Validation of the Accuracy of Self-Reported ABO Blood Types in the Japan Nurses’ Health Study

Document Type: Research Articles

Authors

1 Department of Haematology, Fukushima Medical University, Fukushima, Japan.

2 Department of Laboratory Sciences, Graduate School of Health Sciences, Gunma University, Maebashi, Japan.

3 Big Data Centre for Integrative Analysis, Gunma University Initiative for Advanced Research, Maebashi, Japan.

4 Department of Preventive Medicine and Public Health, Keio University School of Medicine, Tokyo, Japan.

Abstract

Background: The associations between ABO blood type and risk of diseases including cancer have been reported
from epidemiological studies. Self-reporting is one of the most widely used methods of collecting the ABO blood type
information. Verifying the accuracy of self-reporting is important to consider measurement errors. We aimed to conduct
validation of self-reported ABO blood types in the Japan Nurses’ Health Study (JNHS), which is a large prospective
cohort study. Methods: The concordance rate between self-reported and serologically or genetically inferred ABO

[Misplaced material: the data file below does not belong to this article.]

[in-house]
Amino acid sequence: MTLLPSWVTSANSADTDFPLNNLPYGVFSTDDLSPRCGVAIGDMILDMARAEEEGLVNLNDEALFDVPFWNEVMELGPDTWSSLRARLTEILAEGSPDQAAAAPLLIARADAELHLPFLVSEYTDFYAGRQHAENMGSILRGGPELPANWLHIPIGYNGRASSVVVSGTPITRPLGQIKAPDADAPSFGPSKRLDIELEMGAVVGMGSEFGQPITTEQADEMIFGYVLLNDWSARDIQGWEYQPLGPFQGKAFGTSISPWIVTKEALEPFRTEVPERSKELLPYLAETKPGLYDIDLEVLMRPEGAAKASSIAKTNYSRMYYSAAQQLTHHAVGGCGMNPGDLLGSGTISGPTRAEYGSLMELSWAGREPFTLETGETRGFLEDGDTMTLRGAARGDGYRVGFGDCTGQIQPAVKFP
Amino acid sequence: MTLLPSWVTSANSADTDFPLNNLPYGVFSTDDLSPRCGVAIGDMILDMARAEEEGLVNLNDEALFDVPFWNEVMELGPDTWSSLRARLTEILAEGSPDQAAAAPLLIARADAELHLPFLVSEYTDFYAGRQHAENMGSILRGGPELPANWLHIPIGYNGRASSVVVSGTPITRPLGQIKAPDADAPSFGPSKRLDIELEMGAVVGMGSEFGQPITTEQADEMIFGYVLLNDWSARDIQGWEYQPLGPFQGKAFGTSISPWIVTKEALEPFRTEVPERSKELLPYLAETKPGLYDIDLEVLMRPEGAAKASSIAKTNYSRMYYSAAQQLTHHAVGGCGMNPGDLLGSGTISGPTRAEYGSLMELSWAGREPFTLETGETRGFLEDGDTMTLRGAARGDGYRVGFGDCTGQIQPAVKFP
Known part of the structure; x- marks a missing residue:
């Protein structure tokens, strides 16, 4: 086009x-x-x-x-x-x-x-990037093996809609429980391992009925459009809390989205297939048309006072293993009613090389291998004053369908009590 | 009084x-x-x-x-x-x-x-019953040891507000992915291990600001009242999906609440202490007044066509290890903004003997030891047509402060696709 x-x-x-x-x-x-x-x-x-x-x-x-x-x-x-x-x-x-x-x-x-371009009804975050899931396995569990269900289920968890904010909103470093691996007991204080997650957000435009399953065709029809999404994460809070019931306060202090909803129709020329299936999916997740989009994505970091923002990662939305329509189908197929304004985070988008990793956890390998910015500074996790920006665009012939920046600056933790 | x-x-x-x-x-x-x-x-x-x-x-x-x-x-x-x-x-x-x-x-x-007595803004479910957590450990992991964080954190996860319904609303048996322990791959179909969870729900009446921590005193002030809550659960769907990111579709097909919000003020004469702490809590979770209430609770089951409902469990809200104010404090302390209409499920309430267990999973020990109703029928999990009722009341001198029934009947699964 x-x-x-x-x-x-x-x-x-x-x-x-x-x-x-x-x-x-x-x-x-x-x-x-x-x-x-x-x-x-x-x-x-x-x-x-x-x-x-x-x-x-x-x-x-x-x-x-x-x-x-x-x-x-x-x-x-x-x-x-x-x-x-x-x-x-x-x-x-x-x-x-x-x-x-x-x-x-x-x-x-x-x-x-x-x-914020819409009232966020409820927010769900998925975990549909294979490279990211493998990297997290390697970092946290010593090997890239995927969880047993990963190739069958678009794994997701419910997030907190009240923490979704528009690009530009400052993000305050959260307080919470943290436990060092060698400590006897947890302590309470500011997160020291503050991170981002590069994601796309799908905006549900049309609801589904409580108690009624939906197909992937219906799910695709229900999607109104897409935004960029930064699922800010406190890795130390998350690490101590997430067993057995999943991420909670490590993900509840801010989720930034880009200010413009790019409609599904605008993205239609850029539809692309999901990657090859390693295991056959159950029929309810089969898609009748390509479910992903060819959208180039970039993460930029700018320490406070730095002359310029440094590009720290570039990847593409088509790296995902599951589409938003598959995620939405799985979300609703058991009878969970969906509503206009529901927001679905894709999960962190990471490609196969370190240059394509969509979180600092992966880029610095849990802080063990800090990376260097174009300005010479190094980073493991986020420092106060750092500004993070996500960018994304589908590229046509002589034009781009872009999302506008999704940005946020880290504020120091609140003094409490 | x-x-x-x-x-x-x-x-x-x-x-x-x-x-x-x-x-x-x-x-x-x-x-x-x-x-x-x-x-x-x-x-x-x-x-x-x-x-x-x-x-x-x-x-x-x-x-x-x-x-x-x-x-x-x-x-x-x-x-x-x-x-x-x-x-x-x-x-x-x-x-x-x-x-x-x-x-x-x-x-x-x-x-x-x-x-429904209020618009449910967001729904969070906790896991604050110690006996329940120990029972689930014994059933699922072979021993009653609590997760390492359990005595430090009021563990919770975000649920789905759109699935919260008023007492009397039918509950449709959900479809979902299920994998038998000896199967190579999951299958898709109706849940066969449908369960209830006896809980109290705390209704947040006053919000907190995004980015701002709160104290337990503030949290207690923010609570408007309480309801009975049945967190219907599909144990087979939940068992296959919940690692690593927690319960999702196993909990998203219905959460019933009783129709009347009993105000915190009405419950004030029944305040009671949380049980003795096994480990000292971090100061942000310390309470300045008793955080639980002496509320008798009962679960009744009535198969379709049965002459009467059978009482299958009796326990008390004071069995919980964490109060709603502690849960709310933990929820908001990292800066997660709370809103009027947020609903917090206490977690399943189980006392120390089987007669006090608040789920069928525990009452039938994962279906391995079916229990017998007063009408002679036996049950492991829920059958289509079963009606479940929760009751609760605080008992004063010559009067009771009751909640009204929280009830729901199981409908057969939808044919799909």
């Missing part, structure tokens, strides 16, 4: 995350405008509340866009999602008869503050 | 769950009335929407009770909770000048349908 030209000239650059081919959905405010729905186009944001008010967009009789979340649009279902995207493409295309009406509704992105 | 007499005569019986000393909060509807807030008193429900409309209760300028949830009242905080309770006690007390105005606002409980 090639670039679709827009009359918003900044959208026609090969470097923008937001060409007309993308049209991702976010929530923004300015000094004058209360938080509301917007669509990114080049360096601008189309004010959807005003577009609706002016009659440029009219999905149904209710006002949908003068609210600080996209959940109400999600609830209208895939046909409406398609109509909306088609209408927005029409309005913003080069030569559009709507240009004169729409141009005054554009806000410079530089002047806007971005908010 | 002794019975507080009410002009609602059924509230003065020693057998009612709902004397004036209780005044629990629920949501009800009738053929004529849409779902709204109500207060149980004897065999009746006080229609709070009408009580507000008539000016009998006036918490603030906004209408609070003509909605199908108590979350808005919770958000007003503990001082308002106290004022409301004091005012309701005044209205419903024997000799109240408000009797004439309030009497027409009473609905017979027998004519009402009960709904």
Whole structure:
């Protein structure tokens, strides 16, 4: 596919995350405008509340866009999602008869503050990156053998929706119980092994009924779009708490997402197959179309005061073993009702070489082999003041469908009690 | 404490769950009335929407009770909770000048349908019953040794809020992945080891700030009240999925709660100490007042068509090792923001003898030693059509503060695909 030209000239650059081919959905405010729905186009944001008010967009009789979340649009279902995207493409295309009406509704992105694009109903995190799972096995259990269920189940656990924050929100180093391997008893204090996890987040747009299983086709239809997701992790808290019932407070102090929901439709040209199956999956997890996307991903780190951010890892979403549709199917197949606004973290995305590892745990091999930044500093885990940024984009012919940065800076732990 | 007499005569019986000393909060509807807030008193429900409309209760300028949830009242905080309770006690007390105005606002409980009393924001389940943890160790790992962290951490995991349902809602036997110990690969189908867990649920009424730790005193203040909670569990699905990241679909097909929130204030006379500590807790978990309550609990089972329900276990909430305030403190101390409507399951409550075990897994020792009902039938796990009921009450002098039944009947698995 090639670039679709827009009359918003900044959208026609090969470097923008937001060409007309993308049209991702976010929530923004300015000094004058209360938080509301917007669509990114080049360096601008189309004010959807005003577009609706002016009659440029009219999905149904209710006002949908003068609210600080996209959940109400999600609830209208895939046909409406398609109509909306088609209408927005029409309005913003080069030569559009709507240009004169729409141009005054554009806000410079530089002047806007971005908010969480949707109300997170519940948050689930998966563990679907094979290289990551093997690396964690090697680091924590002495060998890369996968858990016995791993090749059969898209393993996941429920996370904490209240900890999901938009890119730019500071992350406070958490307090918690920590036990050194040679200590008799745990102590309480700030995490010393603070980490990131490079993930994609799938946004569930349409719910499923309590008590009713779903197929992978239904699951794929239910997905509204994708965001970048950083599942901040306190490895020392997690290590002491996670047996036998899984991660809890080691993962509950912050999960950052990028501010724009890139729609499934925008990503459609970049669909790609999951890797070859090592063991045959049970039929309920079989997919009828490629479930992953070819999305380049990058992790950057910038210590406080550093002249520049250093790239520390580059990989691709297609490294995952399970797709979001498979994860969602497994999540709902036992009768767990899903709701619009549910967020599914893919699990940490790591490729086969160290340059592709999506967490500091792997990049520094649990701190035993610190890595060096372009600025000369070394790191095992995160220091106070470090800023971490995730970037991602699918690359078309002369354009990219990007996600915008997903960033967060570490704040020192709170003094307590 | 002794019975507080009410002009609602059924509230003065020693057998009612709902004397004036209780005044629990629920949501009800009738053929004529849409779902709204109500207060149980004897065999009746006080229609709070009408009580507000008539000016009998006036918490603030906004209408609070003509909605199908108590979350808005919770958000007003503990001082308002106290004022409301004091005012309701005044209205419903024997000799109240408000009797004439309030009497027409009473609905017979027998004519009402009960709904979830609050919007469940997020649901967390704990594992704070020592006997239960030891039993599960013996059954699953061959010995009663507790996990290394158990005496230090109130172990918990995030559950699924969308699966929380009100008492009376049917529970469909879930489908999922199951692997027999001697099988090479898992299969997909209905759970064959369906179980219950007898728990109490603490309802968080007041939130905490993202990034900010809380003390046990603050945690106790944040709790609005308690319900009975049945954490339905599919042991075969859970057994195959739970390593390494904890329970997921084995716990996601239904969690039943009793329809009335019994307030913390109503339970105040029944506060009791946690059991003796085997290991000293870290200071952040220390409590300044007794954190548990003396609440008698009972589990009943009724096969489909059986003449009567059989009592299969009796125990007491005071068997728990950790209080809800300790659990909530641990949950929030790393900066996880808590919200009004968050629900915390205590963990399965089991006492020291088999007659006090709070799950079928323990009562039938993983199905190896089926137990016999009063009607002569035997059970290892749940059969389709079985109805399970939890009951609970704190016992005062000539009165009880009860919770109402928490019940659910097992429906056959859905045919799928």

blood groups was investigated for a subsample of 41 subjects from the Gunma Nurses’ Health Study, which was a pilot
cohort study that preceded the JNHS. The presence of antibodies to A or B antigens in serum (serological test) and
allele types of the ABO gene (genotyping test) were determined by using frozen blood samples that were preserved
for approximately 7 years. ABO blood types were determined from these tests and compared with self-reported data.
Results: All of the nurses reported that their ABO blood groups were concordant with those determined by a serological
and/or genotyping test. Self-reported ABO blood types of 35 of 38 (92.1%) participants were consistent with the results
from serological typing, while the answers of three participants were not. In these three participants, ABO genotypes
that were inferred from genotyping of three single nucleotide polymorphisms in ABO loci perfectly matched with their
self-reported ABO types, and all of these were O-type. Conclusions: Japanese health professionals report their blood
type with a high degree of accuracy. Special attention should be paid to the O-type group in serological analysis of
blood samples that have been preserved for several years in longitudinal studies.

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